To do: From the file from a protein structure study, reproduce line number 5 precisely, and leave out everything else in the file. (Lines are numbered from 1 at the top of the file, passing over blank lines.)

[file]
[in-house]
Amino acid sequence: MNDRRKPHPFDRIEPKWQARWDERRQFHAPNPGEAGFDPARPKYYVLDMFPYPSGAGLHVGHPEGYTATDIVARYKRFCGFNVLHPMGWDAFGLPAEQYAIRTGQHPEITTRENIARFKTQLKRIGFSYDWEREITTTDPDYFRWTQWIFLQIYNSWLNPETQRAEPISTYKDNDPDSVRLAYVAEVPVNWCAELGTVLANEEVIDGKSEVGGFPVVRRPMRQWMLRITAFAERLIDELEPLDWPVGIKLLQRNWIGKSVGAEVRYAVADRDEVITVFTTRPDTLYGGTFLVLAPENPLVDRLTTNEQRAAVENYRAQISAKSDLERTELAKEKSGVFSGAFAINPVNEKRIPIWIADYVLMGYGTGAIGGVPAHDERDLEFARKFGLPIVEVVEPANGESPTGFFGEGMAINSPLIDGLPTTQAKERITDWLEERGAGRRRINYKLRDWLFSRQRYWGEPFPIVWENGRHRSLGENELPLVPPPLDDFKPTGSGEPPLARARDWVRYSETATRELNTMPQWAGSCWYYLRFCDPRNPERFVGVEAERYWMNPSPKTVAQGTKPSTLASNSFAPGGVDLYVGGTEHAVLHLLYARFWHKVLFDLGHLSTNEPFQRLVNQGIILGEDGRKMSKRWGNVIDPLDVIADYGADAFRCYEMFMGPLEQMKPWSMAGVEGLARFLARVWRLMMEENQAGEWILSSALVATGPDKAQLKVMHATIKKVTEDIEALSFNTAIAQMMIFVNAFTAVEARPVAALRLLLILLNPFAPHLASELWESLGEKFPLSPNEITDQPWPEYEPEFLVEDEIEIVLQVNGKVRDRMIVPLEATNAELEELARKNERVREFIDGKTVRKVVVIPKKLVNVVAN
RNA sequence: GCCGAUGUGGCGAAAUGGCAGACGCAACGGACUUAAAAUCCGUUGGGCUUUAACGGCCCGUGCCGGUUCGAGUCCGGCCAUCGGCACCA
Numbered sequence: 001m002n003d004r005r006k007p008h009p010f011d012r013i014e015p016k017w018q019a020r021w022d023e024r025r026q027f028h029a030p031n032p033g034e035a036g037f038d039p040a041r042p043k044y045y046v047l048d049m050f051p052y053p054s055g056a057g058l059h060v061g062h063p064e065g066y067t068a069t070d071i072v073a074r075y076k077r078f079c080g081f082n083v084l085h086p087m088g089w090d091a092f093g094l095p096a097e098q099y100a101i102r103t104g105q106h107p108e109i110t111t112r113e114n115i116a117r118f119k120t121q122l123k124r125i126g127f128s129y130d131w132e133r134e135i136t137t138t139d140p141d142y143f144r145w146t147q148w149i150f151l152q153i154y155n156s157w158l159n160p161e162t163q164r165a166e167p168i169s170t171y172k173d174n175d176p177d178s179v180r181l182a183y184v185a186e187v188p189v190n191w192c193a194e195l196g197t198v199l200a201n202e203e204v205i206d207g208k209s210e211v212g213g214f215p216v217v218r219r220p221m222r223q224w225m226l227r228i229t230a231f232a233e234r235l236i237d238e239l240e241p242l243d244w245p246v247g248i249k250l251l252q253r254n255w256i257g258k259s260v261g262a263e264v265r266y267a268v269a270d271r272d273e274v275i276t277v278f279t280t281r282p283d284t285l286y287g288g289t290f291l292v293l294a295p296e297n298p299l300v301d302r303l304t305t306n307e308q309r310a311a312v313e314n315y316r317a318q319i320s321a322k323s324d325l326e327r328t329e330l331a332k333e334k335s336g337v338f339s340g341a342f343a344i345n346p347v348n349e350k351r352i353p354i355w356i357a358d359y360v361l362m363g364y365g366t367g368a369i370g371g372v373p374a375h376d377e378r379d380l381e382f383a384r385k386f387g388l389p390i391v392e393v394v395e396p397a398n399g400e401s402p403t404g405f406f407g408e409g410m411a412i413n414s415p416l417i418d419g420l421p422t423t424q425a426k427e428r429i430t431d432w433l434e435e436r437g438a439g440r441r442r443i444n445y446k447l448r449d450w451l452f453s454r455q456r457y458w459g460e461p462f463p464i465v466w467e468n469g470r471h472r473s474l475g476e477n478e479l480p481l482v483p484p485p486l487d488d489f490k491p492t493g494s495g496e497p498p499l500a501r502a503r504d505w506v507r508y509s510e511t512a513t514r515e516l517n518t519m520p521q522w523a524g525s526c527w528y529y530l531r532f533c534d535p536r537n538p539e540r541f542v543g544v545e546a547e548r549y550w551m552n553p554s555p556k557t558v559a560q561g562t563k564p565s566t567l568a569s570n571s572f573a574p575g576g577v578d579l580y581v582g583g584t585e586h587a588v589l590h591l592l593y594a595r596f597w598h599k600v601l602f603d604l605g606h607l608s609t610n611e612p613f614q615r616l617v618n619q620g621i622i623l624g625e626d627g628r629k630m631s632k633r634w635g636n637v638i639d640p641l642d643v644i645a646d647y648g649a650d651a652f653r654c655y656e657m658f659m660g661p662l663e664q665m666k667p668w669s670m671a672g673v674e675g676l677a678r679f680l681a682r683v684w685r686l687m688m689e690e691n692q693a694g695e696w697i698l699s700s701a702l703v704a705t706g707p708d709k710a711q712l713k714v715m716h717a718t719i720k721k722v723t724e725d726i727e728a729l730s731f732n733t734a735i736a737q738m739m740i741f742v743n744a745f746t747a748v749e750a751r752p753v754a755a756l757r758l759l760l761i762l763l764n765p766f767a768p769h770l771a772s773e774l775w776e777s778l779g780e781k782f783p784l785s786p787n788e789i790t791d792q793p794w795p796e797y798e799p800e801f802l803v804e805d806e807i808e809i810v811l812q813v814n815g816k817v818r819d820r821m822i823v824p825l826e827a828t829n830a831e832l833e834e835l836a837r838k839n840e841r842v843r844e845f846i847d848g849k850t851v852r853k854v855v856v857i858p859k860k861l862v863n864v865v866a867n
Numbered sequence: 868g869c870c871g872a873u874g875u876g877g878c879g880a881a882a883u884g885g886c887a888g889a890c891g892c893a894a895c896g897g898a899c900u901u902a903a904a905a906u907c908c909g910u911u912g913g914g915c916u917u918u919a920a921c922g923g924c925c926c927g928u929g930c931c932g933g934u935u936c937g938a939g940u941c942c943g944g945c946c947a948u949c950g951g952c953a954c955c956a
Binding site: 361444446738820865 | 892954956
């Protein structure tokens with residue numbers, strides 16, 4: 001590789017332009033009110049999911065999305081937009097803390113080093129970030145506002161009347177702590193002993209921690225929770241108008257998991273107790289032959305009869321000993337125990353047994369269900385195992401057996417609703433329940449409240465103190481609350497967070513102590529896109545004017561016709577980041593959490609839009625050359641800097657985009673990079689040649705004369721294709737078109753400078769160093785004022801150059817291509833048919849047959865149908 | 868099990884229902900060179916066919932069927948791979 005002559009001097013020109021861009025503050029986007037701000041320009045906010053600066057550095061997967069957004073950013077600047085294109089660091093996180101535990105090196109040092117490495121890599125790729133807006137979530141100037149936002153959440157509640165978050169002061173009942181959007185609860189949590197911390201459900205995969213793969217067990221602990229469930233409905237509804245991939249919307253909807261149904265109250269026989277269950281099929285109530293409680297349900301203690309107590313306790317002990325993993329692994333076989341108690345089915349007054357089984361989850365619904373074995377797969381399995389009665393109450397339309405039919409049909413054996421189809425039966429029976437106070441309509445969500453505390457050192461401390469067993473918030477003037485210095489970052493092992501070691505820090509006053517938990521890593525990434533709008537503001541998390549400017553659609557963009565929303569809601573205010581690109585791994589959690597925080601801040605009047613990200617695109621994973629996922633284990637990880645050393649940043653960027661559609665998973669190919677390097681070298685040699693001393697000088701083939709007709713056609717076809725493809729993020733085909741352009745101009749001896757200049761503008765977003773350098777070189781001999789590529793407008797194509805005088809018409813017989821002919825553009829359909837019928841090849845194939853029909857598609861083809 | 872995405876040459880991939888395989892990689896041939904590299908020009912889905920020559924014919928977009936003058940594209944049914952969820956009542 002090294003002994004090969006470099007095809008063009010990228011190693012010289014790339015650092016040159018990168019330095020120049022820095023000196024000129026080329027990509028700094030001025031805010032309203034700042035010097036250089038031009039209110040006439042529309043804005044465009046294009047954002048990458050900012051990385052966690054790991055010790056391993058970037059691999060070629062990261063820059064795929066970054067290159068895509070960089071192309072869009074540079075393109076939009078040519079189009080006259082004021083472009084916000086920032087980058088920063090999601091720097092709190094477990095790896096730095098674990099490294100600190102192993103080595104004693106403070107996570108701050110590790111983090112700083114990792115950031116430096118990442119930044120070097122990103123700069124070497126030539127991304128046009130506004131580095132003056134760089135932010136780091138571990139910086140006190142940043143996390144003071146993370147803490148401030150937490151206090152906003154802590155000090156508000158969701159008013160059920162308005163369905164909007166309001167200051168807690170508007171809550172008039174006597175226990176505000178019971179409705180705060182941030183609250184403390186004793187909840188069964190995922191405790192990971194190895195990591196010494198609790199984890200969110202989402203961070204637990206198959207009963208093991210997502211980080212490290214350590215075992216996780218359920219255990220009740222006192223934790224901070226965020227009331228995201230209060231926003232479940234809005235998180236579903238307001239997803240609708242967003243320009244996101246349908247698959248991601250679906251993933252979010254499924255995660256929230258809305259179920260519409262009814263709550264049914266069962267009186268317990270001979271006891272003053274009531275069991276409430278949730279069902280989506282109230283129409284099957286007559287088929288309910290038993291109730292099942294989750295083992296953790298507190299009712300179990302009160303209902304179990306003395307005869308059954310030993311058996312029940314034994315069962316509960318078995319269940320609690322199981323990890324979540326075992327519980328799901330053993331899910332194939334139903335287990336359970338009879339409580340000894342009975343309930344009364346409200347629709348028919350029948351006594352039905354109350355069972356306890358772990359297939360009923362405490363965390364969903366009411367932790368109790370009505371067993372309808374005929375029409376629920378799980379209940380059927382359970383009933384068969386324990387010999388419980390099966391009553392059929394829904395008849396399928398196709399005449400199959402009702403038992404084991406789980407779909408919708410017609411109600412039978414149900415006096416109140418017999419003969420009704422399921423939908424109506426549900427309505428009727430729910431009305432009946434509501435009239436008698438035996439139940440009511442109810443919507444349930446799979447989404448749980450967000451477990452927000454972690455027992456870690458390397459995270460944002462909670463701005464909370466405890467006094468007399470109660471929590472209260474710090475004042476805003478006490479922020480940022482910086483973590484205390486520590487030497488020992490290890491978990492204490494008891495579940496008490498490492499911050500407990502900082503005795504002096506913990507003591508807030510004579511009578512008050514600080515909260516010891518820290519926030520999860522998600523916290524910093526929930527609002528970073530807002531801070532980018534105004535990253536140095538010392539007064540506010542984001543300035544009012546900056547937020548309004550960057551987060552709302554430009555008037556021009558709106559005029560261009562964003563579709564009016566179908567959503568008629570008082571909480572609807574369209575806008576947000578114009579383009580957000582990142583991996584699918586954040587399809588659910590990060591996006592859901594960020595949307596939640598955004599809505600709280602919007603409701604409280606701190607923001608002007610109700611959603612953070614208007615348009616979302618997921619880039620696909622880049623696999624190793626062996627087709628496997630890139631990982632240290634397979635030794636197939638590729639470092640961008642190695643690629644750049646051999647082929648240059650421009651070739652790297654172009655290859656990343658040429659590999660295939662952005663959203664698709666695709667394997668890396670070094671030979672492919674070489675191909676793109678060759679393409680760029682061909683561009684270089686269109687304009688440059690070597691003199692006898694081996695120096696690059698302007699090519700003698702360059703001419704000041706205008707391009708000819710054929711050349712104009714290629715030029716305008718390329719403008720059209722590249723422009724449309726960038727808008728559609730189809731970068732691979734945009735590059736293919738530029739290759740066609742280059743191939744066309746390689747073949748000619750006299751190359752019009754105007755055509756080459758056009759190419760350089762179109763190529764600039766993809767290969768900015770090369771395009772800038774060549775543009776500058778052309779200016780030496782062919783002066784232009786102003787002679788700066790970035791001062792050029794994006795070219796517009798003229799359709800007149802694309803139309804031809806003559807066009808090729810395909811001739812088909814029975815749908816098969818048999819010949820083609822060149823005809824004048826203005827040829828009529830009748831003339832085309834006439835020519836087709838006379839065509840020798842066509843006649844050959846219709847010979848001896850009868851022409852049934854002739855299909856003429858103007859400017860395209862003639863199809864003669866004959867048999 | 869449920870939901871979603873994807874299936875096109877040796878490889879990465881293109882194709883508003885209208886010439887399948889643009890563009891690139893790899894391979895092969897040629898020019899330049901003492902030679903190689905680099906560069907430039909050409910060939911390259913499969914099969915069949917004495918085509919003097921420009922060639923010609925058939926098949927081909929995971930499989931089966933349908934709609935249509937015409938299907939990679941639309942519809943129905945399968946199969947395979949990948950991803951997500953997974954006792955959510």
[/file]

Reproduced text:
Numbered sequence: 868g869c870c871g872a873u874g875u876g877g878c879g880a881a882a883u884g885g886c887a888g889a890c891g892c893a894a895c896g897g898a899c900u901u902a903a904a905a906u907c908c909g910u911u912g913g914g915c916u917u918u919a920a921c922g923g924c925c926c927g928u929g930c931c932g933g934u935u936c937g938a939g940u941c942c943g944g945c946c947a948u949c950g951g952c953a954c955c956a